Soybean cultivar 131TD735 has the following morphologic and other characteristics.
TABLE-US-00001 TABLE 1 VARIETY DESCRIPTION INFORMATION Seed Coat Color (Mature Seed) Clear Seed Coat Luster (Mature Hand-Shelled Seed) Dull Cotyledon Color (Mature Seed) Yellow Leaflet Shape Ovate Growth Habit Indeterminate Flower Color Purple Hilum Color (Mature Seed) Black Plant Pubescence Color Tawny Pod Color Brown Maturity Group 3 Relative Maturity 31 Plant Lodging Score (Provide scoring range) 32 (10-50) Plant Height (cm) 45 Seed Size (#seeds/lb.) Seed Content % Protein 42.0 % Oil 21.1 Trypsin Inhibitor Units (TIU) 18,900 Raffinose + Stachyose (%) <1.0%
 Methods pertaining to the invention include crossing a first parent and second parent soybean plant, wherein one or both of the parents is the soybean plant from cultivar 131TD735. Any method utilizing soybean cultivar 131TD735 constitutes a part of this invention including selfing, backcrosses, hybrid breeding, and crosses to populations. Any plants produced using soybean cultivar 131TD735 as described above are within the scope of this invention.
 The methodology of this invention also encompasses expression vectors introduced into plant tissues using a direct gene transfer method such as microprojectile-mediated delivery, DNA injection, electroporation and the like. Also preferably covered as a part of this invention are expression vectors are introduced into plant tissues by using either microprojectile-mediated delivery with a biolistic device or by using Agrobacterium-mediated transformation. Transformant plants obtained with the protoplasm of the invention are intended to be within the scope of this invention.
 Table 2 shows similarities and differences between soybean cultivar 131TD735 and another variety.
TABLE-US-00002 TABLE 2 COMPARISON WITH OTHER VARIETIES Characteristic 131TD735 AG2839 Flower color purple purple Pubescence color tawny gray hilum color Black imperfect black pod color brown brown Sulfonylurea reaction susceptible Soybean cyst nematode resistant resistant reaction Phytophthera reaction susceptible resistant
FURTHER EMBODIMENTS OF THE INVENTION
 Breeding methodology creating transgenes has dramatically evolved over the past years. This methodology customarily involves the construct of a functional expression vector containing DNA comprising one or more genes associated with a promoter or regulator. Transformation vectors may be of a plasmid which alone, or with other plasmids, is utilized to incorporate transgenes into the DNA of the soybean plant. A genetic marker associated with the promoter or other regulator is used to identify and facilitate the predomination of the transformed plant cells either by positive selection or negative selection, or as a reporting marker.
 Soybean cultivar 131TD735 is a soybean variety that is the product of a traditional breeding program. The favorable traits result from the use of naturally occurring genes used in breeding soybean cultivar 131TD735. This variety, however, may be created by transgenic methods and, as a result these methods are considered a part of the invention and its disclosure set forth herein.
 Any number of genetic markers of bacterial origin are known to exist. See, e.g., Fraley et al., Proc. Natl. Acad. Sci. USA, 80:4803 (1983);. Vanden Elzen et al., Plant Mol. Biol., 5:299 (1985);
 Hayford et al., Plant Physiol. 86:1216 (1988), Jones et al., Mol. Gen. Genet., 210:86 (1987), Svab et al., Plant Mol. Biol. 14:197 (1990), Hille et al., Plant Mol. Biol. 7:171 (1986); Comai et al., Nature 317:741-744 (1985); Gordon-Kamm et al., Plant Cell 2:603-618 (1990); and Stalker et al., Science 242:419-423 (1988).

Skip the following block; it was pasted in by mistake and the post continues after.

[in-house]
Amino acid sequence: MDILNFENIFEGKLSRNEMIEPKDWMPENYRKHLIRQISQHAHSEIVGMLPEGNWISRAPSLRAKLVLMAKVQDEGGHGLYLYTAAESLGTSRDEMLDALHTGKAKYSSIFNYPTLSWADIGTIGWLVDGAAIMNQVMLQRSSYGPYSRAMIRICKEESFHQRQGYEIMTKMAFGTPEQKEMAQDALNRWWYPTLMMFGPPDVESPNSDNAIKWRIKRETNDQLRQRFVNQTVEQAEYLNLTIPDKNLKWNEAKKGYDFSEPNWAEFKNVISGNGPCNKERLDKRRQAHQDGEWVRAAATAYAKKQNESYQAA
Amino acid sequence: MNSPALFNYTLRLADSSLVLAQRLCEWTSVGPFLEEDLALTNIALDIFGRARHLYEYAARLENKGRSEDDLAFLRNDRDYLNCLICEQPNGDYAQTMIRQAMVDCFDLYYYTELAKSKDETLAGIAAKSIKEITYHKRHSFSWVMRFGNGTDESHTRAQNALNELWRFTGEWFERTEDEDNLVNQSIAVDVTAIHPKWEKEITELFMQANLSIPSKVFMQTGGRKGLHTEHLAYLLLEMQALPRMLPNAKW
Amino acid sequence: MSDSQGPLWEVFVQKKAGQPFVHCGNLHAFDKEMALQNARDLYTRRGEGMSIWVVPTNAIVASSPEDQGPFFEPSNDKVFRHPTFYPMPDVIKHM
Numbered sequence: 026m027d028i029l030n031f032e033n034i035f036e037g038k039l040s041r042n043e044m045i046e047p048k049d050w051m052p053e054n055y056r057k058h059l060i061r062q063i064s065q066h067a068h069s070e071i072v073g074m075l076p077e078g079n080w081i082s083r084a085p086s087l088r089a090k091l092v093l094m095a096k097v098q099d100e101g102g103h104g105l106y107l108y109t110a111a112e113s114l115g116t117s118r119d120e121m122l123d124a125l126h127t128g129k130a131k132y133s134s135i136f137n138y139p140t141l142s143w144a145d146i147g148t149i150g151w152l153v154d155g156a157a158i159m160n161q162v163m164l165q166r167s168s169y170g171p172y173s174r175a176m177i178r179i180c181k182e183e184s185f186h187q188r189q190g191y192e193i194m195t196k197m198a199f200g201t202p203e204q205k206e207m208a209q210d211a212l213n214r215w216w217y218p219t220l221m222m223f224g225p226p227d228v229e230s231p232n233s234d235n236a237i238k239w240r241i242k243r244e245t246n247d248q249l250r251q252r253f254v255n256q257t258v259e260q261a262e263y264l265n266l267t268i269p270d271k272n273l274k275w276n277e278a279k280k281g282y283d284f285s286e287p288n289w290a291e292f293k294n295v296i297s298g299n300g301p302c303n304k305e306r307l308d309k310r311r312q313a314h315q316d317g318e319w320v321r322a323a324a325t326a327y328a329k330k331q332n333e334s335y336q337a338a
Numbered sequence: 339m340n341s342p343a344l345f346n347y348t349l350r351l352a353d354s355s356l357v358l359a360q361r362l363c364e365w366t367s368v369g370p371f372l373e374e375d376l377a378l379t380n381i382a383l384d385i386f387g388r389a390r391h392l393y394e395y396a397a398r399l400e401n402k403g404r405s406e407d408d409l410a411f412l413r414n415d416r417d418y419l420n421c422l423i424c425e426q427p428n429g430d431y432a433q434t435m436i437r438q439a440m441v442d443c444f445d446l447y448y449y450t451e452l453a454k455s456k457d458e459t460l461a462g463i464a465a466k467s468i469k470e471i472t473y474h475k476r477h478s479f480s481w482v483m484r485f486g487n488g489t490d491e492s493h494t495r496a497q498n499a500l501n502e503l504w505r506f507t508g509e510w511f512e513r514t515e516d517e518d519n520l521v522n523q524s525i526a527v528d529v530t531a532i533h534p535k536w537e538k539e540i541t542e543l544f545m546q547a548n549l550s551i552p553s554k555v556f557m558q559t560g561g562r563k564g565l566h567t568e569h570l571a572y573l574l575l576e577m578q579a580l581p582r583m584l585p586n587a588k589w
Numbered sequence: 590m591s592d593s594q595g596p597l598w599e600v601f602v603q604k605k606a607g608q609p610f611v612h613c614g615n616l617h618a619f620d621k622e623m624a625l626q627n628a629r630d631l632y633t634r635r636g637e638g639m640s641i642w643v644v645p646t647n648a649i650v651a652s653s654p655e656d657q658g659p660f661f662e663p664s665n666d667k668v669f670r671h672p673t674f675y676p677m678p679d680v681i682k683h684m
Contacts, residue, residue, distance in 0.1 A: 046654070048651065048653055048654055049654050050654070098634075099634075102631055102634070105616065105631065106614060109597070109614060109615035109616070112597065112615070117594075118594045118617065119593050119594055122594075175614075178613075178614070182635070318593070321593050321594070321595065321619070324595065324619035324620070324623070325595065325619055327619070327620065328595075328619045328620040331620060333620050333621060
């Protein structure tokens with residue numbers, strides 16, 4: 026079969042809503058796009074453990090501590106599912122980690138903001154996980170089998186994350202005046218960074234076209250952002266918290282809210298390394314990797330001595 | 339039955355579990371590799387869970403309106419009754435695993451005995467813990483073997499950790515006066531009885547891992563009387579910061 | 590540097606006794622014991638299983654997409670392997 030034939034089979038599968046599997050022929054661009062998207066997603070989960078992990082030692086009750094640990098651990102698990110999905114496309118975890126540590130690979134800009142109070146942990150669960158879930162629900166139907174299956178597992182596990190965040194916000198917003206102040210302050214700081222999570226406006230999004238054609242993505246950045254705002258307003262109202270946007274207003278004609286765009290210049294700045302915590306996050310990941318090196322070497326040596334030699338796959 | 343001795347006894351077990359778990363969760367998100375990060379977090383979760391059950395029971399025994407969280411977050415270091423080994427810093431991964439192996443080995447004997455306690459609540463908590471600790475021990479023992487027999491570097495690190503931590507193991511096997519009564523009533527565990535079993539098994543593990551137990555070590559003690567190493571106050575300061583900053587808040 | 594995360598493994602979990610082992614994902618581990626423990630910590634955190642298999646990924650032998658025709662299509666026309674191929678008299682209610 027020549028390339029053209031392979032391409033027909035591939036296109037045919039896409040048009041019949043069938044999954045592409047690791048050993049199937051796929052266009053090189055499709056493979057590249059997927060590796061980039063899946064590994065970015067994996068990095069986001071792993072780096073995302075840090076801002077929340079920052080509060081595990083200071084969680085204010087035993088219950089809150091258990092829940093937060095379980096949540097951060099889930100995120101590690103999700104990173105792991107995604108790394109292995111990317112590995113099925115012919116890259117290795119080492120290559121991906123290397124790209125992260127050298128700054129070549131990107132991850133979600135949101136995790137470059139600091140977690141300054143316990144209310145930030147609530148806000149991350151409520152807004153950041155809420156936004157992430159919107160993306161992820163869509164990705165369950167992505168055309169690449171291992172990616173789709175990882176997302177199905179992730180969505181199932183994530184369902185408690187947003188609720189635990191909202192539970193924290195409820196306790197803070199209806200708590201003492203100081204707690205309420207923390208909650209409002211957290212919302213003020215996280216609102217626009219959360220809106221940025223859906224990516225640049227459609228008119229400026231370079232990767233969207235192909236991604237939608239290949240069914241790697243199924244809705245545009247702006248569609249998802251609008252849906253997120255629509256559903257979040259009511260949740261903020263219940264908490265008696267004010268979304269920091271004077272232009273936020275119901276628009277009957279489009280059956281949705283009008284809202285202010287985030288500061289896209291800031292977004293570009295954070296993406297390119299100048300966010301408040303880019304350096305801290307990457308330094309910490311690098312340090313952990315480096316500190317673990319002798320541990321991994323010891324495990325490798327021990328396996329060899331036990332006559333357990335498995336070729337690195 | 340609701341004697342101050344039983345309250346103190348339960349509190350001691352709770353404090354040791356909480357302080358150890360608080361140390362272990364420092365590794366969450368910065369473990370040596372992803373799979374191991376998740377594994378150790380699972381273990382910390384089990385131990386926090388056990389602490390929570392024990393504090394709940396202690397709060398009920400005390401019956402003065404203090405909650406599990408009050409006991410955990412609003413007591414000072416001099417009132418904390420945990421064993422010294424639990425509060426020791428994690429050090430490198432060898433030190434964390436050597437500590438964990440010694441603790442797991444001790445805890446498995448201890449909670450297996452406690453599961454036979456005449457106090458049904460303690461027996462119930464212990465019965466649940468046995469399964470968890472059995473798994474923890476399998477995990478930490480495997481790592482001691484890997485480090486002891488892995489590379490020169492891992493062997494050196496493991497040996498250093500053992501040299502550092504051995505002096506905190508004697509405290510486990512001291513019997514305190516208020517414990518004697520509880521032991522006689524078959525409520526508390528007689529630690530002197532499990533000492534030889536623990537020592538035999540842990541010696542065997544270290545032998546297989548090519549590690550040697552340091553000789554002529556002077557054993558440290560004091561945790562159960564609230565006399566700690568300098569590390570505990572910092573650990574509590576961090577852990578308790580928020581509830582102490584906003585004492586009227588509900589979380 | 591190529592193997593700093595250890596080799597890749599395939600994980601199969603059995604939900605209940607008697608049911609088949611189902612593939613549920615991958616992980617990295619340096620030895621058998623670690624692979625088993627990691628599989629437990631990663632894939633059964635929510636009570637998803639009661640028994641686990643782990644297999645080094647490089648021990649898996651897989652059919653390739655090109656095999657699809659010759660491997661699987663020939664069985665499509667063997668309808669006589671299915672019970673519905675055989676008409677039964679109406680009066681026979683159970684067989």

Genetic markers not of bacterial origin are also well known. See, e.g., Eichholtz et al., Somatic Cell Mol. Genet. 13:67 (1987); Shah et al., Science 233:478 (1986); and Charest et al., Plant Cell Rep. 8:643 (1990).
 Reporting markers further represent known marking technology. See, e.g., Jefferson, R. A., Plant Mol. Biol. Rep. 5:387 (1987); Teeri et al., EMBO J. 8:343 (1989); Koncz et al., Proc. Natl. Acad. Sci. USA 84:131 (1987); and DeBlock et al., EMBO J. 3:1681 (1984). In vivo and fluorescent marking technologies are known in the art. See, e.g., Molecular Probes publication 2908, IMAGENE GREEN, p. 1-4 (1993); Naleway et al., J. Cell Biol. 115:151a (1991) and Chalfie et al., Science 263:802 (1994).
 It is well known in the transformation arts that a nucleotide sequence constitutes the regulator (i.e. Promoter) that drives the genes in an expression vector. There are numerous types of regulators known to the art such as cell-type promoters, tissue-specific promoters, and inducible promoters, all of which are known as non-constitutive promoters. Constitutive promoters are also regulators known in the art. Both constitutive promoters and non-constitutive promoters can be used in the invention disclosed therein. Further discussion regarding these various regulators is found in the following technical literature: Ward et al., Plant Mol. Biol. 22:361-366 (1993)(inducible promoter); Mett et al., Proc. Natl. Acad. Sci. USA 90:4567-4571 (1993)(inducible promoter); Hershey et al., Mol. Gen Genetics 227:229-237 (1991)(inducible promoter); Gatz et al., Mol. Gen. Genetics 243:32-38 (1994)(inducible promoter); Gatz et al., Mol. Gen. Genetics 227:229-237 (1991)(inducible promoter) Schena et al., Proc. Natl. Acad. Sci. USA 88:0421 (1991)(inducible promoter); Odell et al., Nature 313:810-812 (1985)(constitutive promoter); McElroy et al., Plant Cell 2: 163-171 (1990)(constitutive promoter); Christensen et al., Plant Mol. Biol. 12:619-632 (1989)(constitutive promoter); Christensen et al., Plant Mol. Biol. 18:675-689 (1992)(constitutive promoter); Last et al., Theor. Appl. Genet. 81:581-588 (1991)(constitutive promoter); Velten et al., EMBO J. 3:2723-2730 (1984)(constitutive promoter); Lepetit et al., Mol. Gen. Genetics 231:276-285 (1992)(constitutive promoter); Atanassova et al., Plant Journal 2 (3): 291-300 (1992)(constitutive promoter); Murai et al., Science 23:476-482 (1983)(tissue-specific promoter); Sengupta-Gopalan et al., Proc. Natl. Acad. Sci. USA 82:3320-3324 (1985)(tissue-specific promoter); Simpson et al., EMBO J. 4(11):2723-2729 (1985)(tissue-specific promoter); Timko et al., Nature 318:579-582 (1985) (tissue-specific promoter); Twell et al., Mol. Gen. Genetics 217:240-245 (1989) (tissue-specific promoter); Guerrero et al., Mol. Gen. Genetics 244:161-168 (1993) (tissue-specific promoter); and Twell et al., Sex. Plant Reprod. 6:217-224 (1993) (tissue-specific promoter).